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Glaucoma breakthrough by UNMC research team published in journal Stem Cells

A University of Nebraska Medical Center researcher has discovered that a common form of glaucoma that strikes adults may have early origin. The discovery, which is detailed in the August 9 issue of the journals Stem Cells, could result in earlier diagnosis and treatment of the disease that is the second leading cause of irreversible

September 26th, 2017|Categories: Blindness, Disease Specific|Tags: , |

Improving the longevity of functionally integrated stem cells in regenerative vision therapy

Buck scientists restore long-term vision in blind mice, making a case for addressing the immune system’s role in rejecting transplanted cells January 12, 2017/Novato, California:  Stem cell therapies hold great promise for restoring function in a variety of degenerative conditions, but one of the logistical hurdles is how to ensure the cells survive in the

New gene-editing technology partially restores vision in blind animals

November 16, 2016Salk researchers have discovered, for the first time, how to place DNA in specific locations in non-dividing cells LA JOLLA—Salk Institute researchers have discovered a holy grail of gene editing—the ability to, for the first time, insert DNA at a target location into the non-dividing cells that make up the majority of adult

November 16th, 2016|Categories: Blindness|Tags: , , , , |

New, regenerative medicine approach developed to remove congenital cataracts in infants

Published on March 10, 2016 at 1:59 AM Researchers at University of California, San Diego School of Medicine and Shiley Eye Institute, with colleagues in China, have developed a new, regenerative medicine approach to remove congenital cataracts in infants, permitting remaining stem cells to regrow functional lenses. The treatment, which has been tested in animals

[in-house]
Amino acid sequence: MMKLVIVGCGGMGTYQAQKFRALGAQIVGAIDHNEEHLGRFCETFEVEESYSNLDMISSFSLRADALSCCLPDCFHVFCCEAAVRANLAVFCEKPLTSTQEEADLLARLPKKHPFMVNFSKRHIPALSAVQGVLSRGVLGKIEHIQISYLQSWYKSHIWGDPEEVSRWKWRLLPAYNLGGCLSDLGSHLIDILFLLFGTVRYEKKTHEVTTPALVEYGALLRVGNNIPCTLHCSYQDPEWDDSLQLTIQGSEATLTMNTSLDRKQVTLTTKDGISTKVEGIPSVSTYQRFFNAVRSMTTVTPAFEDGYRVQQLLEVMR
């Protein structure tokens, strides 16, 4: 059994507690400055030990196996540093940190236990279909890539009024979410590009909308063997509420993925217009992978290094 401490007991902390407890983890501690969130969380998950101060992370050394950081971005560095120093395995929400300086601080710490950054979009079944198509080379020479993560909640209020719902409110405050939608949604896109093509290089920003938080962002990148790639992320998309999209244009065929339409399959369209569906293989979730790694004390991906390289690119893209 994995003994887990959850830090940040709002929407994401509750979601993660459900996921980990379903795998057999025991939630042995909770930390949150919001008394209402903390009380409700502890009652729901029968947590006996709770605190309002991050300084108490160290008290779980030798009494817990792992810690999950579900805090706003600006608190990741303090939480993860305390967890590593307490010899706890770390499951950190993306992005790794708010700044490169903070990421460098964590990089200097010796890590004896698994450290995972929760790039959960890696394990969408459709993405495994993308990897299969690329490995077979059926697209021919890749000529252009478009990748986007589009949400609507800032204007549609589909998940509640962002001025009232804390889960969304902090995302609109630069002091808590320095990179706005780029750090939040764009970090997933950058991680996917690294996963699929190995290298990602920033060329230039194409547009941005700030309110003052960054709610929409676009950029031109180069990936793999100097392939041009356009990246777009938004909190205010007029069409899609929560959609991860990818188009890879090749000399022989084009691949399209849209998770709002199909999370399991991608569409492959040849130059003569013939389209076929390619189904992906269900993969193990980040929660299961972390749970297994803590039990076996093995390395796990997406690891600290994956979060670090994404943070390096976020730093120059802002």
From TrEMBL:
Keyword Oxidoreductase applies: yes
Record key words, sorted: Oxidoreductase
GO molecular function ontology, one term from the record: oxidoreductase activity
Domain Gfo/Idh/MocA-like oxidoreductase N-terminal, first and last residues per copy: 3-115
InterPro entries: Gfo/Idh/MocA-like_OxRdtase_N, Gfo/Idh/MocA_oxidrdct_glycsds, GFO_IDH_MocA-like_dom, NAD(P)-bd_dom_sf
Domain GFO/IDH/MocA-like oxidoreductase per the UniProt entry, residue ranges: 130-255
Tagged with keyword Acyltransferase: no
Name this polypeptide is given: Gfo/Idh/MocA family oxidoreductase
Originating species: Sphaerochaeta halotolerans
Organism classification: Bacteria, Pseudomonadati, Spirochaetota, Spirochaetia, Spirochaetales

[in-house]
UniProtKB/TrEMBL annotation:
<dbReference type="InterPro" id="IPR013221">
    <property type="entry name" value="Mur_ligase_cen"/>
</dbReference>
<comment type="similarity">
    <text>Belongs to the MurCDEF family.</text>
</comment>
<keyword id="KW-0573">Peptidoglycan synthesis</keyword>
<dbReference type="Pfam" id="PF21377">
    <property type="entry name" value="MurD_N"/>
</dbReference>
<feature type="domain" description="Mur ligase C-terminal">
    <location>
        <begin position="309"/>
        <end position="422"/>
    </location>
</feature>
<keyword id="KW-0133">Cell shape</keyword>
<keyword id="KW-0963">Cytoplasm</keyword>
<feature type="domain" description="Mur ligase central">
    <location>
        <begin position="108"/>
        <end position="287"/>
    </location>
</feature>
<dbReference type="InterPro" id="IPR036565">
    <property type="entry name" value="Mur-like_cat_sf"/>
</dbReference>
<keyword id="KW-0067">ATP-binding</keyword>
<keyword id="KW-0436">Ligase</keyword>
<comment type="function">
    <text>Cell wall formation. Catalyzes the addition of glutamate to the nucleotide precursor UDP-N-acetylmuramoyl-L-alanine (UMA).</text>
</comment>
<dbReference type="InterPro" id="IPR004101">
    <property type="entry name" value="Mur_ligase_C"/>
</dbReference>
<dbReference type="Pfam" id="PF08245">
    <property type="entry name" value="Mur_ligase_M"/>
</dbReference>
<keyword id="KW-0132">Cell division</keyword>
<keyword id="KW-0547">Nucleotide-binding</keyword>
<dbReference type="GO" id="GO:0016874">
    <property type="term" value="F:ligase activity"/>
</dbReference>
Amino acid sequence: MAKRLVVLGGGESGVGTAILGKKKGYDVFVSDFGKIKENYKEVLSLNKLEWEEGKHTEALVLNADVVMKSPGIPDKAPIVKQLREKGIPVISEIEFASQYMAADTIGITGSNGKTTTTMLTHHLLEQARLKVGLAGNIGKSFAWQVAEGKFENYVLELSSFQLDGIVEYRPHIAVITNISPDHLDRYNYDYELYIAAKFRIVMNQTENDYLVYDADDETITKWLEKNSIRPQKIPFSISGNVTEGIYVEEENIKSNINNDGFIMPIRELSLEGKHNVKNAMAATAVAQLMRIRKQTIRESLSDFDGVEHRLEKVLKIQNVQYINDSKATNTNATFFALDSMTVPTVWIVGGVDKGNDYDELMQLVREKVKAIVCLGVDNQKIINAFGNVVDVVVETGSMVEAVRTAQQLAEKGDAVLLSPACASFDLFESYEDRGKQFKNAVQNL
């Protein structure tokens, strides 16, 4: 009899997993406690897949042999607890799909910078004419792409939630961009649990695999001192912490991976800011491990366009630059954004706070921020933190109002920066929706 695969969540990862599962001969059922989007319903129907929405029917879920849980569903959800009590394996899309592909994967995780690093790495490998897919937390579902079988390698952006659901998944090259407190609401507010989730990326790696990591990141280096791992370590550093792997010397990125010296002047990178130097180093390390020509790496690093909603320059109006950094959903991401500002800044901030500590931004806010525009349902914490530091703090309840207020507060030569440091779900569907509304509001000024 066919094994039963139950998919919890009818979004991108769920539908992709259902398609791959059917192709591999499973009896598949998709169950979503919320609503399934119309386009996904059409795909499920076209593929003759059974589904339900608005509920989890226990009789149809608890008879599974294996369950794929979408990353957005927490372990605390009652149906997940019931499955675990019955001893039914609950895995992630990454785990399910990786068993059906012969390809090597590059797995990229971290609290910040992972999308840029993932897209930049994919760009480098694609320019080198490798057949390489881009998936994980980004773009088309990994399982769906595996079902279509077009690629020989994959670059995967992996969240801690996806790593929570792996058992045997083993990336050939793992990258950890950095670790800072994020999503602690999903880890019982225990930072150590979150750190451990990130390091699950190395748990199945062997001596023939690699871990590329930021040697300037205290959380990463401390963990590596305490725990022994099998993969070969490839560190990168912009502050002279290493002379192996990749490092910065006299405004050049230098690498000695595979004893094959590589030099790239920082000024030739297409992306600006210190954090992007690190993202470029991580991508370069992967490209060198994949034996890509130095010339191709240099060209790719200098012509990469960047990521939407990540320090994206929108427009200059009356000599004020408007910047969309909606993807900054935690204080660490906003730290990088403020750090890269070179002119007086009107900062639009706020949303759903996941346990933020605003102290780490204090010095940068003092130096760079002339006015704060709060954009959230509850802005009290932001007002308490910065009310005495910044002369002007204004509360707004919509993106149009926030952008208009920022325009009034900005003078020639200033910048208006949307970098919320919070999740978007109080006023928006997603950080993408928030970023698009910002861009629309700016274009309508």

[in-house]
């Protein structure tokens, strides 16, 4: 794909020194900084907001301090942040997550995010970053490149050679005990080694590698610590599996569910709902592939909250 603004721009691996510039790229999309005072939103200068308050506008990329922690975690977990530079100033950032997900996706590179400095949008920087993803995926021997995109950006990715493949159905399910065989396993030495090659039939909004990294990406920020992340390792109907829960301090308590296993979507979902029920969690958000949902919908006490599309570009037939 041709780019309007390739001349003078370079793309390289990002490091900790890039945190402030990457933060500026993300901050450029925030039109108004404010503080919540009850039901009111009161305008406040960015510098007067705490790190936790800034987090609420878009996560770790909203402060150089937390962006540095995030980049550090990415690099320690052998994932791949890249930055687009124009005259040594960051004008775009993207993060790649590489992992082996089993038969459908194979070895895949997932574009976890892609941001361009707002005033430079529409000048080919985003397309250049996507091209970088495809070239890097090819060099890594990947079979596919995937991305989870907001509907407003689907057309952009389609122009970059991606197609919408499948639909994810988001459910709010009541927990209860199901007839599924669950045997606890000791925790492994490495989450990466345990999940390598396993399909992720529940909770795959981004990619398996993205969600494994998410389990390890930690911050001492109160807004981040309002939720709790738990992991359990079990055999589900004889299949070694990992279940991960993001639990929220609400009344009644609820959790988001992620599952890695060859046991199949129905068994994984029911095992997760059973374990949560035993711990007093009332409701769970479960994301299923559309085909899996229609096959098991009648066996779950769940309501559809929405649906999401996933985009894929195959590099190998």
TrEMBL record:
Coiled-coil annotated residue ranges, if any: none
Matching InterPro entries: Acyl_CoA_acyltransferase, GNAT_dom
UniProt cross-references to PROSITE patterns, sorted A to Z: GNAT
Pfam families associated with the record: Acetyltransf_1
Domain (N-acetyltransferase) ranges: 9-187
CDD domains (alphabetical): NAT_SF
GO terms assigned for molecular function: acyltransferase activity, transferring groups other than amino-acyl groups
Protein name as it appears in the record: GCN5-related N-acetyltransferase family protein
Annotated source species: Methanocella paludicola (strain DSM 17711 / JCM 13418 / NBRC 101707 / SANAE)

National honor for helping “the blind see”

JANUARY 7, 2016 / KEVIN MCCORMACK, CIRM blog Those of us fortunate to have good health take so many things for granted, not the least of which is our ability to see. But, according to the World Health Organization, there are 39 million people worldwide who are blind, and another 246 million who are visually

Young brains can take on new functions

Visual cortex of blind children can be remodeled to process language. Anne Trafton | MIT News Office August 27, 2015 In 2011, MIT neuroscientist Rebecca Saxe and colleagues reported that in blind adults, brain regions normally dedicated to vision processing instead participate in language tasks such as speech and comprehension. Now, in a study of

August 27th, 2015|Categories: Blindness|Tags: , , |

Eye’s motion detection sensors identified

June 16, 2015 By Jim Dryden KERSCHENSTEINER LAB-WASHINGTON UNIVERSITY Using a labeling agent, researchers at Washington University School of Medicine in St. Louis have been able to isolate and visualize a specific type of retinal cell (in red) in the eye that’s key to detecting motion. Driving a car at 40 mph, you see a

Study Suggests New Way of Preventing Diabetes-Associated Blindness

May 25, 2015 FAST FACTS: In people with diabetic retinopathy, growth of abnormal, leaky, fragile blood vessels in the eye can cause proliferative diabetic retinopathy, which can lead to permanent blindness. New therapies targeting a protein called VEGF have shown some success delaying the development of proliferative diabetic retinopathy, but they don’t work for all

NIH-funded study points way forward for retinal disease gene therapy

Monday, May 4, 2015 Benefits for Leber congenital amaurosis peak after one to three years, then diminish Gene therapy for Leber congenital amaurosis (LCA), an inherited disorder that causes vision loss starting in childhood, improved patients’ eyesight and the sensitivity of the retina within weeks of treatment. Both of these benefits, however, peaked one to

Alternate sensory pathways may help treat blindness

by Ion Gireada on 18 February 2015 A newly discovered pathway for vision may help treat blindness, Australian researchers announced. Scientists at Australian Regenerative Medicine Institute of Monash University announced the discovery of a new pathway toward the brain and dispute the existing claim of a single route for transmitting information to the brain. The